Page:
Capital Brewing

Scotland is celebrated throughout the world for its whisky. The richness of the country’s brewing history is not so well known, but as John Martin from the Scottish Brewing Archive Association writes, it’s a tradition that stretches back to pre-Roman times – with Edinburgh at its heart


Whisky and beer have several things in common. Both use the abundance of good quality water and barley, and in some cases the ability to extract flavours when matured in wooden barrels. The art of brewing beer is reported to have originated in Mesopotamia (now mainly present-day Iraq) in about 4000BC and spread to Ancient Egypt and Europe before it arrived in Britain.

To begin with, Scotland made a crude form of ale from fermented grain with the addition of different flavours such as rowan berries, heather shoots, broom or bog myrtle. In fact, the Picts were noted brewers of spruce and heather beers. Robert Louis Stevenson did write a poem titled Heather Ale, which tells the story of how important that particular beer was.


Brewing began in Edinburgh in the 12th century, when the monks of Holyrood Abbey sank a well and used the water to brew their ale. By the 15th century brewers were recognised figures in society, considered as important as bakers and fleshers (butchers) in providing life’s necessities. At this time water was unsafe to drink and beer was drunk as an alternative.

Brewing was widely practised in private homes, of ale (brewed without hops) to begin with and later of beer (with hops). Hops were first imported to this country in the early 1500s from the Netherlands and gave beers their wholesome aromatic flavour. It is interesting to note that around 1500 almost all brewers in Edinburgh were female. These women, known as ‘browstaris’, paid four pennies for a licence, which gave them the privilege of hanging an ‘ale wand’ from their windows to signify they had ale to sell.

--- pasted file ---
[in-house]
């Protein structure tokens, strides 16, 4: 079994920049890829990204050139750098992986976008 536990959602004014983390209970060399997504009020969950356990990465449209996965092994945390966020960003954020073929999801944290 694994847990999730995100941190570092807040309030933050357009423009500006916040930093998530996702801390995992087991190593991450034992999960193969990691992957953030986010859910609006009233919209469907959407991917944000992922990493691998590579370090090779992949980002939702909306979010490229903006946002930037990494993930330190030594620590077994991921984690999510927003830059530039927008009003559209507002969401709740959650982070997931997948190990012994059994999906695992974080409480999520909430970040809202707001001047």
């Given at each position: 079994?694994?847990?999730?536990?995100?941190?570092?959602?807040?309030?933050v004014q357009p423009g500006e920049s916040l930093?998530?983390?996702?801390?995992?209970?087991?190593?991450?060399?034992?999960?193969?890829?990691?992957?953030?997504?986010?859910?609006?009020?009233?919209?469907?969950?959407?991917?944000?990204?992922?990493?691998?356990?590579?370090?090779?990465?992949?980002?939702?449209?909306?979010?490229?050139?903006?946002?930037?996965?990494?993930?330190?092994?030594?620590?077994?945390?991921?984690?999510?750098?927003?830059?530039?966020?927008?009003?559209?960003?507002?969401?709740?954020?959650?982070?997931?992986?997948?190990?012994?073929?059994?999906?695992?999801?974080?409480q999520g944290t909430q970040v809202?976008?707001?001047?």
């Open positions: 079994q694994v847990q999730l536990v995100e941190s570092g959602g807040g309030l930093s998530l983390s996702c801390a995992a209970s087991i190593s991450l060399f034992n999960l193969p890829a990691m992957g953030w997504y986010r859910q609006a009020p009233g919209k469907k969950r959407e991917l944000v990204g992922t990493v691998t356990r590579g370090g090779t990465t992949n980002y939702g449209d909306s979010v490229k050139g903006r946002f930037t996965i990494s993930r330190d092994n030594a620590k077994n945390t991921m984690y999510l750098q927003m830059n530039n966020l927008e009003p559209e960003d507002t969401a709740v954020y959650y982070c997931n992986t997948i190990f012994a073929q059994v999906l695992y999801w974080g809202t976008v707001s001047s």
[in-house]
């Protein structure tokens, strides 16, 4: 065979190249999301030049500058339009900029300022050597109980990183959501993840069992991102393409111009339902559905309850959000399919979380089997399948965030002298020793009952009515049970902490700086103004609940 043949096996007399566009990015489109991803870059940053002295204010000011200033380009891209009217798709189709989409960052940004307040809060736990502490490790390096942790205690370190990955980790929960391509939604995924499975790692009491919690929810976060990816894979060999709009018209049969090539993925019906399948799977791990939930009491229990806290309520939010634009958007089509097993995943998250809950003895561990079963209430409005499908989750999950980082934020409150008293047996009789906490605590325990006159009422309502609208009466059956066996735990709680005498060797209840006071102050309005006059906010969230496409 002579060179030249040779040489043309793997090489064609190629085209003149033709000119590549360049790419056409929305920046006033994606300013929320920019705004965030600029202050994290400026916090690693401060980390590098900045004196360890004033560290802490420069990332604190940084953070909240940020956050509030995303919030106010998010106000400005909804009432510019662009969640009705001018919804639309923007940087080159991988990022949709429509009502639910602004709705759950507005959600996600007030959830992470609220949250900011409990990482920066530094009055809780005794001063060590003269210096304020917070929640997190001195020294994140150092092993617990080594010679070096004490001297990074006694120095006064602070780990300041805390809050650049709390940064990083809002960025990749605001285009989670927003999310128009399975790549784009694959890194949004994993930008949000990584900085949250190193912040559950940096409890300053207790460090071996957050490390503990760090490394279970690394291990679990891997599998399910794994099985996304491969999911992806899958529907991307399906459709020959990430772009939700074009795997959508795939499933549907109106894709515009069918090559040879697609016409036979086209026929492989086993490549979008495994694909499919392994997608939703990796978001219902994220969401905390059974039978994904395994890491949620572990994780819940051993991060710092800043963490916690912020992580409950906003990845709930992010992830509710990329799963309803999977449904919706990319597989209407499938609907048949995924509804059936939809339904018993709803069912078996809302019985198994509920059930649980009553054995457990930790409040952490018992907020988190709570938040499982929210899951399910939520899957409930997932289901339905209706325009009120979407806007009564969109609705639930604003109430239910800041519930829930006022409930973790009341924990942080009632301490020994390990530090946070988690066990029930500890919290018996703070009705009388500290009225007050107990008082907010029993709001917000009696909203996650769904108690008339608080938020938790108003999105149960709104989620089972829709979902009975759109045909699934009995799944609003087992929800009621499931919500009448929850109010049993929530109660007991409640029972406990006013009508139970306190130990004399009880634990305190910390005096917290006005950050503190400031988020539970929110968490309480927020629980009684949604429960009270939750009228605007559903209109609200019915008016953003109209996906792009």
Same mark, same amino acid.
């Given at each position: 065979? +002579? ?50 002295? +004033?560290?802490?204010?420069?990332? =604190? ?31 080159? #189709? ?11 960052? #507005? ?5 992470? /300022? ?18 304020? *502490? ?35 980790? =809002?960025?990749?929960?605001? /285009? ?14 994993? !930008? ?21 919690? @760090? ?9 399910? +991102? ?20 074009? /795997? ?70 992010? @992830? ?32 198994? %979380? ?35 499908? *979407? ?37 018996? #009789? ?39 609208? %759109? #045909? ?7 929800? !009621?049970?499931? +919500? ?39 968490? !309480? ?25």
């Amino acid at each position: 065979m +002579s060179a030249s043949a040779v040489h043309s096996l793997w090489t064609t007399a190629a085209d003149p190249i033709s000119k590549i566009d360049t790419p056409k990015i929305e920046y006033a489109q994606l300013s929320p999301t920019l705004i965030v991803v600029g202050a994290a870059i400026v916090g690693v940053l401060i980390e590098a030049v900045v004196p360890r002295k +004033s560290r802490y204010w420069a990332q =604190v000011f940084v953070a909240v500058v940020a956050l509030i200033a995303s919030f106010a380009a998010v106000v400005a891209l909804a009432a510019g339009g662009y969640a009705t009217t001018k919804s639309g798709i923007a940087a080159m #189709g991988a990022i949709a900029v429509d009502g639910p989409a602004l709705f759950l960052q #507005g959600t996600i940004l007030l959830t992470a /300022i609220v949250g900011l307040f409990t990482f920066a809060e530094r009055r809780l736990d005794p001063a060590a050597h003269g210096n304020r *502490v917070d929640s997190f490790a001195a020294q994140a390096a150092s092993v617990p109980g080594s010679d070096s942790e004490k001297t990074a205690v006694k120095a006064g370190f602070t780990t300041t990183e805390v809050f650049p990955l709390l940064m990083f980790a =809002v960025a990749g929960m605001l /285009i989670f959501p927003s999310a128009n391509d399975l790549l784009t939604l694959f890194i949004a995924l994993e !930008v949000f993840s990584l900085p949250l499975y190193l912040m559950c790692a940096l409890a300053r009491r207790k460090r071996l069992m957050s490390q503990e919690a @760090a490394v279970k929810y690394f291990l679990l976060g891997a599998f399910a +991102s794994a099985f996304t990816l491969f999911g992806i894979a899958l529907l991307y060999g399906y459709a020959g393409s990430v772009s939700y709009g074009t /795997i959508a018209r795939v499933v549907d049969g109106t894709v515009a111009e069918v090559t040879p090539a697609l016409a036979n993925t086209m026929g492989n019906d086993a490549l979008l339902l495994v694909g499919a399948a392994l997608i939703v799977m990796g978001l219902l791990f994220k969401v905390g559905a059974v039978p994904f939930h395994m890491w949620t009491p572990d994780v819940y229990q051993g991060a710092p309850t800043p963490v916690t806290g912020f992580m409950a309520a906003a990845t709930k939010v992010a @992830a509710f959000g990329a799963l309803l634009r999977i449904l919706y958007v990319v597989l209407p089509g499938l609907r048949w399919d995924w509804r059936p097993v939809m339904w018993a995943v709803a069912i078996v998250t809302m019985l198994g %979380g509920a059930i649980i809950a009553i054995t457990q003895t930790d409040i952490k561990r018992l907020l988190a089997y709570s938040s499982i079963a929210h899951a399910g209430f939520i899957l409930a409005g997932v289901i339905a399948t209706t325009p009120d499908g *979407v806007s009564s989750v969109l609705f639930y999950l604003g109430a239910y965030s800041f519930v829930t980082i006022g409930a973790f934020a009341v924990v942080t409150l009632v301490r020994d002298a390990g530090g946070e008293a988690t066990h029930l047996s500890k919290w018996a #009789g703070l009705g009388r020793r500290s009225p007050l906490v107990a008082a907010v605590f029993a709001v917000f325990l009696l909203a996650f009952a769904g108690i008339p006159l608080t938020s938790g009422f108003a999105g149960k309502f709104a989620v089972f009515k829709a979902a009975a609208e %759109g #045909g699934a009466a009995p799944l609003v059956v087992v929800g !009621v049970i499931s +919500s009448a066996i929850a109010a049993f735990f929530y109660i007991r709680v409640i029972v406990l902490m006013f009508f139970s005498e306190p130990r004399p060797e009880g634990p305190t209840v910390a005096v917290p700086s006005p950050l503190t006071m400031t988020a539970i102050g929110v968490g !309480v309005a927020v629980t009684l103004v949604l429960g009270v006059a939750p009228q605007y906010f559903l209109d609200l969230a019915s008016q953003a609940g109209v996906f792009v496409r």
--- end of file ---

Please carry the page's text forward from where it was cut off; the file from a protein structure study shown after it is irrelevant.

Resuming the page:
In 1596 the Society of Brewers was formed to regulate grain supply, water for brewing and pricing policies and by the early 1700s there was a move away from domestic brewing to public brewing. An early public brewery in Edinburgh was the Argyle Brewery, which was adjacent to Heriot-Watt College, where the first course in brewing was run.


In the latter half of the 1700s many public breweries were appearing and tended to be concentrated around the Palace of Holyrood and the Canongate. It was not entirely by accident that the Holyrood area had such an abundance of breweries. The hilly ground and subterranean rock layers that influence both the flow and nature of the water in the area also influenced the sites of breweries. There is a structural trough beneath the Royal Mile and beyond, which contains an aquifer, a body of porous rock or sediment saturated with groundwater.

In the latter half of the 19th century this geological phenomenon was discovered at Craigmillar, which led to breweries being established in this area too. The brewery water obtained from wells formed a pattern and became known as the ‘charmed circle’.


The underground water supply was ideal for brewing pale ale and in time Edinburgh became known as the brewing capital of Britain. At its peak, the city was home to more than 40 breweries.

Edinburgh was the ideal location for brewing, with its excellent underground water supply and barley grown in the Lothians. Coal was available from nearby collieries for heating and boiling. Transport was vital in establishing further expanding markets, with the introduction of the railways and exporting beer by ship, as Edinburgh had its own port, Leith. As a result, Edinburgh ales became famous the world over and the city was synonymous with quality. The decline in brewing started at the beginning of the First World War, and after the Second World War there was a process of rationalisation and amalgamation which saw a decline in the number of breweries.

Many of the better-known brewing companies were eventually bought over, including:

  • Campbell, Hope & King, closed by Whitbread in 1971
  • Ushers was operated by Lorimer’s from 1976 and acquired by Allied Breweries in 1980. In 1981 brewing ceased.
  • Drybrough was acquired by Watney Mann in 1965 and they in turn sold the company to Allied Lyons in 1987 for £40.5m and was closed shortly afterwards.
  • Wm. Younger and Wm. McEwan had previously joined forces to form Scottish Brewers in 1931. In 1960, Scottish Brewers amalgamated with Newcastle Breweries to form Scottish & Newcastle and grew to become the largest brewing company in the UK. Scottish & Newcastle were bought over by a combined bid from Heineken and Carlsberg in 2008.

In the last five-10 years the number of breweries in Scotland is again on the increase and provide a much wider range of beer styles and flavours than years gone by. Long may it continue.

John Martin is chair of the Scottish Brewing Archive Association. For further information on the history of brewing in Scotland, visit

The Commercial Brewery on Edinburgh’s Canongate, owned by J&J Morison.